In many areas in the northern hemisphere, colder temperatures and precipitation are starting to drive people indoors more and more. And the more time people with indoor allergies spend inside, the more at risk we are for coming into contact with the substances that can make us miserable.
When we get exposed to things like dust mites, pet dander and mold, it can trigger a chain reaction that leads to an immune system response that you feel in the typical symptoms of nasal and eye allergies.
If you'd like to avoid increases in sneezing, sniffling and so on this winter, then this article will help to remind you where the risks are and what you can do about them to stay as healthy as possible.
Dust mites are tiny microscopic organisms that live in dust. They are the most common causes of allergy and asthma symptoms, and they are everywhere. But they are found in greatest numbers in your bedding. And unfortunately, most of us spend more time in our bedrooms than anywhere else in the house. So you will get the most bang for your buck by working to reduce the number of dust mites in your bedroom.
Here are a few things you can do:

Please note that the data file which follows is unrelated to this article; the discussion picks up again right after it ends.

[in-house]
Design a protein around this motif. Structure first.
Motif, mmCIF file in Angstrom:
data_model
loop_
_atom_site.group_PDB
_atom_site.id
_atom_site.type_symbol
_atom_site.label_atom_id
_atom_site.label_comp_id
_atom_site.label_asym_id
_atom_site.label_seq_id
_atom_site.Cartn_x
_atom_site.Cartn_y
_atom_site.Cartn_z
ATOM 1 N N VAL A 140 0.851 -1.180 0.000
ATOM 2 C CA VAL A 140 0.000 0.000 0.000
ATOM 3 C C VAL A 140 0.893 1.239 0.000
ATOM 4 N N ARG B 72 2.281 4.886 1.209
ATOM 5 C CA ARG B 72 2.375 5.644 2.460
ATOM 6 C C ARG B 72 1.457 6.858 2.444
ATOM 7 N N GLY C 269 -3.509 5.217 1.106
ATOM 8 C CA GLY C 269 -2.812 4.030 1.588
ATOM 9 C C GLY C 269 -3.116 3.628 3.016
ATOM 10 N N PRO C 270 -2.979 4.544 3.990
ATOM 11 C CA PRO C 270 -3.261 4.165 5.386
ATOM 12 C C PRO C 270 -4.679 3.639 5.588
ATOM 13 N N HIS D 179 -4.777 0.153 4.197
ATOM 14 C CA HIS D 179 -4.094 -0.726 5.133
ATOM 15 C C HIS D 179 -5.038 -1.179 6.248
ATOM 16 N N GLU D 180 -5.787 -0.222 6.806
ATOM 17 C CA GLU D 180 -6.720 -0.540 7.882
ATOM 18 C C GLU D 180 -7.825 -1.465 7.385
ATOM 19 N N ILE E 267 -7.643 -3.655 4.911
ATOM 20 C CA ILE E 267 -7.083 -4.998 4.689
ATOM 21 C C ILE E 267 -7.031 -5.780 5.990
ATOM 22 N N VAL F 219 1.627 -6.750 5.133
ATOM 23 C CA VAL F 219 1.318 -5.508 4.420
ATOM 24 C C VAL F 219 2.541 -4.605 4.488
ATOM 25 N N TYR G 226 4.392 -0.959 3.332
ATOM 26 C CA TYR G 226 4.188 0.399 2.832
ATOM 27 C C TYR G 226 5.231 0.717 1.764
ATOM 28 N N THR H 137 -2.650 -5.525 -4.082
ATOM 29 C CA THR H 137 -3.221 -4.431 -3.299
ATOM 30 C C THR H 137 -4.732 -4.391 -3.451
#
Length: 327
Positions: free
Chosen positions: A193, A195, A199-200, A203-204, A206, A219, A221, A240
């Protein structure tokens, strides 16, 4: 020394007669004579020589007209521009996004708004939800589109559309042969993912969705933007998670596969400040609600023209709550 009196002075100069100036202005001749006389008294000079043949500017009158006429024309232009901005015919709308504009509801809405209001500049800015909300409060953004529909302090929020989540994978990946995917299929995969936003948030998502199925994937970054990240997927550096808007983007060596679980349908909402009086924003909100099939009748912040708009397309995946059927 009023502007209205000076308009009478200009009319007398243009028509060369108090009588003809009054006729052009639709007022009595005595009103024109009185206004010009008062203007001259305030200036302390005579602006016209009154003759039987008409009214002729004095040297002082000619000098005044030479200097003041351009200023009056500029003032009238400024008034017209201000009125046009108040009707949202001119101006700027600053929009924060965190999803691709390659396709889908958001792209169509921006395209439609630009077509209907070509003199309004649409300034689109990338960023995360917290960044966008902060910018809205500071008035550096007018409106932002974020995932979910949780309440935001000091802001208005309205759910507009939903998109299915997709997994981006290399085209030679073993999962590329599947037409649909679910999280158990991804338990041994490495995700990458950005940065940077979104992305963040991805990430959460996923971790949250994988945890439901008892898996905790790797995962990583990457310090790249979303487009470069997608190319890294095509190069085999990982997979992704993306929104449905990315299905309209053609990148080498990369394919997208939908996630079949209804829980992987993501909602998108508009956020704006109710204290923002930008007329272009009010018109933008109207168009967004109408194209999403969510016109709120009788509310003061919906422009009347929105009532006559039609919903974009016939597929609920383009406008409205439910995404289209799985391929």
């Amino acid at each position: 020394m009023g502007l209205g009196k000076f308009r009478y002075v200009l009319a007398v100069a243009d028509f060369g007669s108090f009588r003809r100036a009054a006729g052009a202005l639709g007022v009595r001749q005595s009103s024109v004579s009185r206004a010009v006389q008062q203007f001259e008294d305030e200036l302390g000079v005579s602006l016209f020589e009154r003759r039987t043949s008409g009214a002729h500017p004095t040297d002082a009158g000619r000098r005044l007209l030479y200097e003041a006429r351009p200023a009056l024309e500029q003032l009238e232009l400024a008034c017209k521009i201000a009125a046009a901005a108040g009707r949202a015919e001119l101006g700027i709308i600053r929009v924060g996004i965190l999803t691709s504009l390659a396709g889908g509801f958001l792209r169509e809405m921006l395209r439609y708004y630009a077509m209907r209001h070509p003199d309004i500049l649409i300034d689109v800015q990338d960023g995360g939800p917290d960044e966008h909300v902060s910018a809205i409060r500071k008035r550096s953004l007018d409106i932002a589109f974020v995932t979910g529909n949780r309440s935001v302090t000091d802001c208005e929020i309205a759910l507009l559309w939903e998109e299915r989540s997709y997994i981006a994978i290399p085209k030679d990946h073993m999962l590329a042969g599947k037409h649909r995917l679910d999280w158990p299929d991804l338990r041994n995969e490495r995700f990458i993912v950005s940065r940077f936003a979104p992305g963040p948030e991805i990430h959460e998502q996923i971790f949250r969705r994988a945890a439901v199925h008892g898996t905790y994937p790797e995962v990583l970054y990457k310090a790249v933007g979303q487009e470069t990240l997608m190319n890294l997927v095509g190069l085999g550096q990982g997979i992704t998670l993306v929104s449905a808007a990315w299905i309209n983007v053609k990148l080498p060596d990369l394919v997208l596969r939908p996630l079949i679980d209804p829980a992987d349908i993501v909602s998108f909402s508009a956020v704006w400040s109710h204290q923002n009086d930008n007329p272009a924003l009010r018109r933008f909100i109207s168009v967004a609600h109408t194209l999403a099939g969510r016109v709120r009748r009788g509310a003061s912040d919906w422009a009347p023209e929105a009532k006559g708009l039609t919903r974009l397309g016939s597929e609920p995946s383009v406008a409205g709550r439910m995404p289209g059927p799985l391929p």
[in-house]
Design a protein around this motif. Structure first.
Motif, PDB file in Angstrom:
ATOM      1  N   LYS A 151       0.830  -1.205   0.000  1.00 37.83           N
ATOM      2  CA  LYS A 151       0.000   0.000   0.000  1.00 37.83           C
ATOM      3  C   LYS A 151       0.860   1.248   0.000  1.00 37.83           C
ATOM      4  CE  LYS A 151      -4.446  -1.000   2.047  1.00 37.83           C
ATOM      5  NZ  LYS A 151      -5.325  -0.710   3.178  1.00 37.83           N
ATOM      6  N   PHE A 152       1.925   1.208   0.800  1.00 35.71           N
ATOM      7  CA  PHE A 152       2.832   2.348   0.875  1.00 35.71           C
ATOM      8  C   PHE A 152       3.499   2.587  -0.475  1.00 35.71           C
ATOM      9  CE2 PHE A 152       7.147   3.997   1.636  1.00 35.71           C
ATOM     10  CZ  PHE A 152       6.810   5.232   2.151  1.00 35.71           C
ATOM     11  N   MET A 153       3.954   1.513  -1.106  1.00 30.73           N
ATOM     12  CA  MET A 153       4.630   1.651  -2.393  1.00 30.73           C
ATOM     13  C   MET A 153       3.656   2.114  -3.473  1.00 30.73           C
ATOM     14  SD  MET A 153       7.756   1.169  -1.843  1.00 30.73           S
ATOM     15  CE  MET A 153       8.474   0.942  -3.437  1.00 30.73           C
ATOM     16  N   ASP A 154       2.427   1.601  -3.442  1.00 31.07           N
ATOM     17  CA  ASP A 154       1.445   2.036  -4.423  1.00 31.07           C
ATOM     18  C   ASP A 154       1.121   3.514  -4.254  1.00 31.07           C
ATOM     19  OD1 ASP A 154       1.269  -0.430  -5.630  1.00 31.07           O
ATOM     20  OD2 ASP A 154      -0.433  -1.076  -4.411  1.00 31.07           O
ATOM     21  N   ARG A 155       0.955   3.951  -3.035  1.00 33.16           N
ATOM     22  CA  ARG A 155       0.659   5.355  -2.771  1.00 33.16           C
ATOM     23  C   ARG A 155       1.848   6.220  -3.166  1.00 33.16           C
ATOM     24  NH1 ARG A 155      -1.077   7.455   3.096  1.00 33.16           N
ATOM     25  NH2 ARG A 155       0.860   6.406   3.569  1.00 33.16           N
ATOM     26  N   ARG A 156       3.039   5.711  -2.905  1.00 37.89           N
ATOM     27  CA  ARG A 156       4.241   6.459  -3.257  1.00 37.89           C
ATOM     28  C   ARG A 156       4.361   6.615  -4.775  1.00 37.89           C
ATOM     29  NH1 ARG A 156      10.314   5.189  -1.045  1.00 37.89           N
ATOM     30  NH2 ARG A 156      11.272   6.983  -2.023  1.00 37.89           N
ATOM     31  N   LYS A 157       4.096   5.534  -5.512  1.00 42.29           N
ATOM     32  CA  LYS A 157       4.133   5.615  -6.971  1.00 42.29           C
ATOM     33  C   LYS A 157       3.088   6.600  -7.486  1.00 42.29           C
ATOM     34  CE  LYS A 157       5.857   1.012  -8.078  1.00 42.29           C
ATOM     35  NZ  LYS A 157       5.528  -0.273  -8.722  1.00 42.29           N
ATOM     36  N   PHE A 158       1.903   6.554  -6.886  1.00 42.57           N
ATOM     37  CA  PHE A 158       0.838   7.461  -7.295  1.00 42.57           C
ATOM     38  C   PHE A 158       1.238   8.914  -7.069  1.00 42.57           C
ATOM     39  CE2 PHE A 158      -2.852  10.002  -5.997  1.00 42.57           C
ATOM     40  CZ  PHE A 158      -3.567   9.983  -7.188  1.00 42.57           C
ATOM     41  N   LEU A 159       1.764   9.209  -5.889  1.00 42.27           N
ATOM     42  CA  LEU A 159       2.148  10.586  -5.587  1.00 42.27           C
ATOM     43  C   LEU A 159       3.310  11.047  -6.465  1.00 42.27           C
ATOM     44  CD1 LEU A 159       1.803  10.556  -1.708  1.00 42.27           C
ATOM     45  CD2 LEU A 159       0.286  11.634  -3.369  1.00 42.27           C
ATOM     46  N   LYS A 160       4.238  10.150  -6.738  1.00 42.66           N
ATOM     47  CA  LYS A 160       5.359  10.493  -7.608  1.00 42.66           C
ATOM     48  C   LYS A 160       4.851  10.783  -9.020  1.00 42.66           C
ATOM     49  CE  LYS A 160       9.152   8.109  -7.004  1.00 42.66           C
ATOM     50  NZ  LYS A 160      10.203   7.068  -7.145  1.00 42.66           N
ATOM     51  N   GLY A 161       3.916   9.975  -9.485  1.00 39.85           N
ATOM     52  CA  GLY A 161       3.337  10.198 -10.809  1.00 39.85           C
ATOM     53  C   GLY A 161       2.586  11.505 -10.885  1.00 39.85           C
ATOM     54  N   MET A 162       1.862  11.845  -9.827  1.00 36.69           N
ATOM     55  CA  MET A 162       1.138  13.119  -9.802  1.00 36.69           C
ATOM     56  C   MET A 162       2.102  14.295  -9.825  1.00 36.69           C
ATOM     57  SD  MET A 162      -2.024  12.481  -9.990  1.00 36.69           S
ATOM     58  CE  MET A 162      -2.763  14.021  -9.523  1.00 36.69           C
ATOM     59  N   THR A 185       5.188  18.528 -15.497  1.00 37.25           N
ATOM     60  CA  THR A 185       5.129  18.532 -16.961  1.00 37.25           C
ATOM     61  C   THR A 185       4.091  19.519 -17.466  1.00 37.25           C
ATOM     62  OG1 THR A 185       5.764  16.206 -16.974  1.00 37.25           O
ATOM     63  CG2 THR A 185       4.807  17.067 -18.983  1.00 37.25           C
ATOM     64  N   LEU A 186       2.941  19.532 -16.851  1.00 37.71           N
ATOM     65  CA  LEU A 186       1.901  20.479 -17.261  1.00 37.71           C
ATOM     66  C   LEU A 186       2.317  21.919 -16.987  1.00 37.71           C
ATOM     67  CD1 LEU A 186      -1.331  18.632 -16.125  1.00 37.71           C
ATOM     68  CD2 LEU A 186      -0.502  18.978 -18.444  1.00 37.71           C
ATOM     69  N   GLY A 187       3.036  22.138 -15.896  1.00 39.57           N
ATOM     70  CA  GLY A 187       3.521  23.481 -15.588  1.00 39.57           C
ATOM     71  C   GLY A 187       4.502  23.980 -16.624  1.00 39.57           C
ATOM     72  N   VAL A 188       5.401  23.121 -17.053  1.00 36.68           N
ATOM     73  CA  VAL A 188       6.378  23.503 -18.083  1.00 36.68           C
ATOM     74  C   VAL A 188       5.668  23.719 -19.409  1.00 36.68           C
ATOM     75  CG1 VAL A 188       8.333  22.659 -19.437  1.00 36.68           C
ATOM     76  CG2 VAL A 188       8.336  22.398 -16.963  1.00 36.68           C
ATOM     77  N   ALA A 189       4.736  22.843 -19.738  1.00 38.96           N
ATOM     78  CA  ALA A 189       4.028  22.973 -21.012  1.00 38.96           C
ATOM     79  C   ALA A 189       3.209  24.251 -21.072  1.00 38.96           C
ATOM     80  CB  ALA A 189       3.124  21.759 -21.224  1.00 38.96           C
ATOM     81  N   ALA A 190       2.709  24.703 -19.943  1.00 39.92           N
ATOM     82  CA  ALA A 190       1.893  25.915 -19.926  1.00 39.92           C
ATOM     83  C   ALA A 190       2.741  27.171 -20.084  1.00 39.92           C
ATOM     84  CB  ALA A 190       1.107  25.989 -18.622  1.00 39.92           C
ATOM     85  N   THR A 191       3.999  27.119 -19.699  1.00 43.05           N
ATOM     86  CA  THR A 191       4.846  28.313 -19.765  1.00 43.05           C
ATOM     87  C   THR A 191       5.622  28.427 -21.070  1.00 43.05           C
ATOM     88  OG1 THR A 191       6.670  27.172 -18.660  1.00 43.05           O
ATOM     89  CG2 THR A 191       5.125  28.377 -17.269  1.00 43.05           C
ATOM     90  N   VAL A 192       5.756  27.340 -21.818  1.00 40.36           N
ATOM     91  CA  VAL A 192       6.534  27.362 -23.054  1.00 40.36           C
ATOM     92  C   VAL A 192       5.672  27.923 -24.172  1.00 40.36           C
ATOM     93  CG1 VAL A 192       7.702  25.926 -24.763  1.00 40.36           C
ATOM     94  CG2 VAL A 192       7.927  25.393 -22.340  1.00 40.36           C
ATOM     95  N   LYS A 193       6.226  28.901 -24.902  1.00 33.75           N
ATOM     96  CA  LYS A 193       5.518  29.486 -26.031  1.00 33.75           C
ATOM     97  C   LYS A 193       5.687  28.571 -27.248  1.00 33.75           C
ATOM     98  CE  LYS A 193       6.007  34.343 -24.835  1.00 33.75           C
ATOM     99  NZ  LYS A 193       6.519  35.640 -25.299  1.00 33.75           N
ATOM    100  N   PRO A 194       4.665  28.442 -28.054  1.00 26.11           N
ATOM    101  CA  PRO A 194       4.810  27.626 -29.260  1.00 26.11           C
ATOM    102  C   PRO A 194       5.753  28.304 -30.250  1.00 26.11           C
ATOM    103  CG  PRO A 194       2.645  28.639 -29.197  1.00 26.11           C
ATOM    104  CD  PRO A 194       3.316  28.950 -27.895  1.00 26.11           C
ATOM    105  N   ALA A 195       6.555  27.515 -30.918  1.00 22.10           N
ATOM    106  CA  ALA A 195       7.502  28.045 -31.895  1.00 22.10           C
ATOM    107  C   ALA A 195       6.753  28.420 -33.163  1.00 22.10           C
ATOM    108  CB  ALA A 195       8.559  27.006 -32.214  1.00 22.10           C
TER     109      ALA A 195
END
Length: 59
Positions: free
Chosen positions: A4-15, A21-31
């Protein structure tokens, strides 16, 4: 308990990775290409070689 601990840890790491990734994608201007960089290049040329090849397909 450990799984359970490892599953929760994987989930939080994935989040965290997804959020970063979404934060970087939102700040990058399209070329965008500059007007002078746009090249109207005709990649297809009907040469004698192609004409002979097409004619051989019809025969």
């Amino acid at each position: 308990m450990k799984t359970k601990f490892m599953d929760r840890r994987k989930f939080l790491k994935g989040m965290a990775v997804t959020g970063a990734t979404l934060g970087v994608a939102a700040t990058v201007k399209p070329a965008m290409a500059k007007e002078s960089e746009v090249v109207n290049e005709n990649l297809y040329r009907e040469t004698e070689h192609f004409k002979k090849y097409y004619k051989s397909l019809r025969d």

- Encase your mattresses, box springs and pillows in zippered cases made of allergen-resistant fabric or plastic.
- Wash blankets, sheets and bedspreads every week in hot (130 degree) water and dry them in a hot dryer.
- If you have pillows or comforters that can't be washed, then encase them in allergen-proof covers too.
- Get rid of wall-to-wall carpeting if possible. Use only small, washable throw rugs.
- Keep humidity low by using a de-humidifier, but be sure to wash it regularly to avoid mold growth.
- Vacuum your bedroom weekly with a vacuum cleaner equipped with a HEPA-filter. If you do the cleaning yourself, wear a mask. Better yet, get someone else to do it!
Pet allergens are found in saliva, dander (dead skin flakes) or urine of an animal with fur, but not in the hair or fur itself. There is no such thing as a hypoallergenic pet, so if you have them, chances are you are being exposed to their allergens. Most people, if they are sensitive, react to pet allergens within minutes of exposure. But sometimes, there is a slow build over 8 to 12 hours after exposure.
If you are allergic to pet allergens, then your best bet is not to have a pet. Even keeping a pet outdoors will not prevent their allergens from getting into your house. But if you must have a pet or cannot avoid being exposed to someone else's then here are some things you can do:
- Minimize your contact with the pet as much as you can. Keep pets out of the bedroom and off of the furniture.
- If you have a caged animal, get someone else to clean it out.
- As with dust mites, pet allergens can settle into carpet, so wood floors with regularly washed throw rugs are better.
- Also, get someone to vacuum regularly with a HEPA-filtered vacuum cleaner.
Indoor molds and mildew love warm, moist places, so they are most often found in bathrooms, kitchens and basements. They may also be found in potting soil, so it's best to avoid indoor plants if you are mold-sensitive.